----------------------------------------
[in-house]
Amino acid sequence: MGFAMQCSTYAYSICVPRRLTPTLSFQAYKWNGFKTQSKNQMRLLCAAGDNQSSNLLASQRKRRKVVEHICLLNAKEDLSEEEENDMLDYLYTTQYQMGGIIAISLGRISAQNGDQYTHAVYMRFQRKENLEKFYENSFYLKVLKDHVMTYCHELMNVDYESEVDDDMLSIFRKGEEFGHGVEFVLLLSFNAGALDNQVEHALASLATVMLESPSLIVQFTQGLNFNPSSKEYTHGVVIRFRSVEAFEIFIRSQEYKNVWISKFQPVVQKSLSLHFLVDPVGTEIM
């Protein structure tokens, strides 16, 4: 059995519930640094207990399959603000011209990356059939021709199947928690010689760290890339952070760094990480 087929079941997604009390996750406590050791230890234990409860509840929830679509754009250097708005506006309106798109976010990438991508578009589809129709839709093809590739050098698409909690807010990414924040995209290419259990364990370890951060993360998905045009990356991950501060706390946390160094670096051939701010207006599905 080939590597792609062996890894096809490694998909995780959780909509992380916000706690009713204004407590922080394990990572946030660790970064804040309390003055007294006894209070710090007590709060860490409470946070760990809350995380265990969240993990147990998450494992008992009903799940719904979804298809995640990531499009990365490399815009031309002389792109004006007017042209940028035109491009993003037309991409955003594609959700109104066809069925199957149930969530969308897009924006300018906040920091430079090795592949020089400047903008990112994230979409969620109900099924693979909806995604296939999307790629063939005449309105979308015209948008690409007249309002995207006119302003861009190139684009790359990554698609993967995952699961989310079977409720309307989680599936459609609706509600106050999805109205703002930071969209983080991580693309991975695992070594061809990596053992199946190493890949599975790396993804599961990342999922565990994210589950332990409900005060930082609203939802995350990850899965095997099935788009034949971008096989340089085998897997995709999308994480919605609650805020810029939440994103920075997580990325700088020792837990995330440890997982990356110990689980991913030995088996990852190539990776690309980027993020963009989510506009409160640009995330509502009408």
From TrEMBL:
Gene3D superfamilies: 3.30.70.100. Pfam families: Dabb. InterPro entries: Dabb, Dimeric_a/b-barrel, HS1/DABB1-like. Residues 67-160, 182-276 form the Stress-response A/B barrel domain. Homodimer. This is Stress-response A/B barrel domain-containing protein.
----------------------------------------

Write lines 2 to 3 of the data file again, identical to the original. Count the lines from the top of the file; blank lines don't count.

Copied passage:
Amino acid sequence: MGFAMQCSTYAYSICVPRRLTPTLSFQAYKWNGFKTQSKNQMRLLCAAGDNQSSNLLASQRKRRKVVEHICLLNAKEDLSEEEENDMLDYLYTTQYQMGGIIAISLGRISAQNGDQYTHAVYMRFQRKENLEKFYENSFYLKVLKDHVMTYCHELMNVDYESEVDDDMLSIFRKGEEFGHGVEFVLLLSFNAGALDNQVEHALASLATVMLESPSLIVQFTQGLNFNPSSKEYTHGVVIRFRSVEAFEIFIRSQEYKNVWISKFQPVVQKSLSLHFLVDPVGTEIM
């Protein structure tokens, strides 16, 4: 059995519930640094207990399959603000011209990356059939021709199947928690010689760290890339952070760094990480 087929079941997604009390996750406590050791230890234990409860509840929830679509754009250097708005506006309106798109976010990438991508578009589809129709839709093809590739050098698409909690807010990414924040995209290419259990364990370890951060993360998905045009990356991950501060706390946390160094670096051939701010207006599905 080939590597792609062996890894096809490694998909995780959780909509992380916000706690009713204004407590922080394990990572946030660790970064804040309390003055007294006894209070710090007590709060860490409470946070760990809350995380265990969240993990147990998450494992008992009903799940719904979804298809995640990531499009990365490399815009031309002389792109004006007017042209940028035109491009993003037309991409955003594609959700109104066809069925199957149930969530969308897009924006300018906040920091430079090795592949020089400047903008990112994230979409969620109900099924693979909806995604296939999307790629063939005449309105979308015209948008690409007249309002995207006119302003861009190139684009790359990554698609993967995952699961989310079977409720309307989680599936459609609706509600106050999805109205703002930071969209983080991580693309991975695992070594061809990596053992199946190493890949599975790396993804599961990342999922565990994210589950332990409900005060930082609203939802995350990850899965095997099935788009034949971008096989340089085998897997995709999308994480919605609650805020810029939440994103920075997580990325700088020792837990995330440890997982990356110990689980991913030995088996990852190539990776690309980027993020963009989510506009409160640009995330509502009408």